A discrete, yet quickly growing aspect of my business is my confidential advisory work with senior leaders. This has always been 100% referral-based. Today, I work with people around the country and in the UK. The amazing leaders with whom I work have typically approached me to help them address a specific challenge they’re facing. They needed help with a particular problem, but the reality is that the primary issue they were facing was that they were in spot in which they had to solve these issues by flying solo, keeping them stuck.
I’ve been there…and it scared the pants off me. The real issue is that these leaders were on an island with wide-ranging problems, such as challenges created by a new board incentive to senior personnel concerns to soul-crushing financial challenges. Rarely do these issues reflect badly on the CEO unless they’re known and ignored; the CEO’s obligation is to address these major issues. My clients are great leaders, and these challenges are part of the simple truth that as CEOs, it’s your job to stand on that island – alone. You’re the one who is ultimately accountable for all the people below you and their actions, or to the board or investors above you. And as such, even with the best of intentions, everyone you have contact with is likely to have a separate agenda. This doesn’t mean that they aren’t wonderful people, but face it…if you’re having issues with the VP of HR, is it good practice talk with the head of sales about that? The very likely answer is a resounding “no”. Or if you have a board or investor who’s creating unreasonable expectations (but these expectations need to be met), you have to show a united front with the board. However, as the CEO, where do you go to brainstorm, vent, and problem solve? Further, where do you go to share your fear regarding a genuine crisis? Where can you openly talk it through and work on identifying the solution? Likely nowhere. As the leader, if your leadership team or board even catches a whiff of fear from you, everything could get much worse – quickly. The CEO must be the unshakeable confident leader that shepherds everyone through the dark places to the Promised Land. Holy crap, that can be too big of a burden for one person to carry!
But it doesn’t have to be that way…
I’ve seen where a rock-solid spouse becomes that sounding board. Rarely does this work well for the long haul, especially if the CEO feels any fear. Transferring this fear to your home life isn’t fair. I’ve seen this many times and it can even get to the point of engagement fatigue by the spouse, which leads to burnout and resentment on the spouse’s behalf.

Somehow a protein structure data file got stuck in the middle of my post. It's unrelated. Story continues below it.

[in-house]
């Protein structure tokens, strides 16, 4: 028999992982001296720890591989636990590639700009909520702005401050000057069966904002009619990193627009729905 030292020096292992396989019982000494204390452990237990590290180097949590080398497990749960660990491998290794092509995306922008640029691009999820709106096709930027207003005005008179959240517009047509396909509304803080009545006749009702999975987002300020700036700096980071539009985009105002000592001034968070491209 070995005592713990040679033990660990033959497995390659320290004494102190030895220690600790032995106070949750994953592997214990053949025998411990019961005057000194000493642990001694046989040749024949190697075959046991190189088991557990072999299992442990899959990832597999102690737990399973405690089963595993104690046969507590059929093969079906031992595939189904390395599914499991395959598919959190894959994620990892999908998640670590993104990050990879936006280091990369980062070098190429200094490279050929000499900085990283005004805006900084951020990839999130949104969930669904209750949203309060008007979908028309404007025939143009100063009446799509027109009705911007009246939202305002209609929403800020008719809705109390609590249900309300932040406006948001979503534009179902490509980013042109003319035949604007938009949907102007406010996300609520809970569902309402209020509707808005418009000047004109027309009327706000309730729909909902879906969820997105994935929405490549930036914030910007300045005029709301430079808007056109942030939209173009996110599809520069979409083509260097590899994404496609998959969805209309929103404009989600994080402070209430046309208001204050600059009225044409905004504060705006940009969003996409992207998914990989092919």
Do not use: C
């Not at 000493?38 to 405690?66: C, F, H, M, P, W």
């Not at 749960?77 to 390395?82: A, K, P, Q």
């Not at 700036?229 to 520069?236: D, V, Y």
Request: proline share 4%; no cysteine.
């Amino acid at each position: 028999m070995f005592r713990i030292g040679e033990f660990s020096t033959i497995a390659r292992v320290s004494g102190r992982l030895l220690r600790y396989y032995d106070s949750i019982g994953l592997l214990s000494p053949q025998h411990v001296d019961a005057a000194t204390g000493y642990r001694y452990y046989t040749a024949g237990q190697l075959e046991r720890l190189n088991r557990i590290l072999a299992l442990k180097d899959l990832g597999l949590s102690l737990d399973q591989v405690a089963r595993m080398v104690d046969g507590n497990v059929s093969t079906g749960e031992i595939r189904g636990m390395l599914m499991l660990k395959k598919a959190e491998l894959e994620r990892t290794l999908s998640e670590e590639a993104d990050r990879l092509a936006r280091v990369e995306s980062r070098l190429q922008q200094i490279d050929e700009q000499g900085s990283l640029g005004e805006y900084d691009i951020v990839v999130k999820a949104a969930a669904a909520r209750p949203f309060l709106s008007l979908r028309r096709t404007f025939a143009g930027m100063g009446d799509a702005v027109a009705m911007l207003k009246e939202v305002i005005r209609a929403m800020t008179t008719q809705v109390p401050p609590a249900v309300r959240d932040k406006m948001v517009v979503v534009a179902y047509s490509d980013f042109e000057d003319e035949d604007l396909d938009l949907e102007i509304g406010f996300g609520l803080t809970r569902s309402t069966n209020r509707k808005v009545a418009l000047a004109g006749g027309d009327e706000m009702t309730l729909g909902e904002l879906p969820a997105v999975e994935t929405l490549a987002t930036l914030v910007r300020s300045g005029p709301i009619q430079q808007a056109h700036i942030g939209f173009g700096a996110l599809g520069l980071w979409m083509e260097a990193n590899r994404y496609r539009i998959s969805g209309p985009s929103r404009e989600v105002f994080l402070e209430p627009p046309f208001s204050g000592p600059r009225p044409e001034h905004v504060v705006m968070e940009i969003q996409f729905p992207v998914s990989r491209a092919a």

Senior leaders are often stuck between a rock and a hard place.
In the next four blog posts of this five-part series, I’ll discuss and outline a three-step process I use to help address these challenges. These blogs will cover the following topics:
- The initial meeting and assessment
- Determining needs
- Establishing fit
- Clarifying the role of a strategic advisor
- Objective sounding board (“I needed a confidential place to talk it out.”)
- Collaborator (“I need an active participant in working through and solving issues.”)
- Coach/teacher (“I have some holes in my game and I need help getting better.”)
- Outlining the process and initial first steps
- Outlining what an engagement typically looks like
- Addressing obstacles and barriers (“I have a specific issue I need to address.”)
- Maximizing results (“Things are good, but I want more.”)
- Work-life balance (“I’m burning out and don’t know how to get off the treadmill.”)
- A process to define what success looks like
- The importance of a clear vision
- A simple visualization process
- Getting started
- Documenting your visualizations
- Identifying key objectives and creating a strategy to achieve
- Regular collaborative access and accountability
I’m hoping that if you find yourself on a leadership island, perhaps you can utilize some of the information here to help you address some of your challenges. I’m humbled when I work with caring, engaged leaders. I believe that as a whole, leaders want to do a better job, maximize their team’s potential, and fulfill their fiduciary obligations. I strongly believe that this starts by first expanding our bandwidth and improving our skills – and this isn’t something that can be done from the confines of an island. Leaders need to know that someone has their back.
It’s worth noting that this sort of thing isn’t for everyone, which is why the concept of fit is so important. If you’d like to explore what this could look like for you, please schedule an hour with Kris for a complimentary discussion about you, your team, and your journey.
If you’re a business owner, CEO, president, or chairman of the board, and you’d like to see if we may be a fit, I’d be humbled to have the opportunity to speak with you and to provide you with an hour of time to explore where we could go.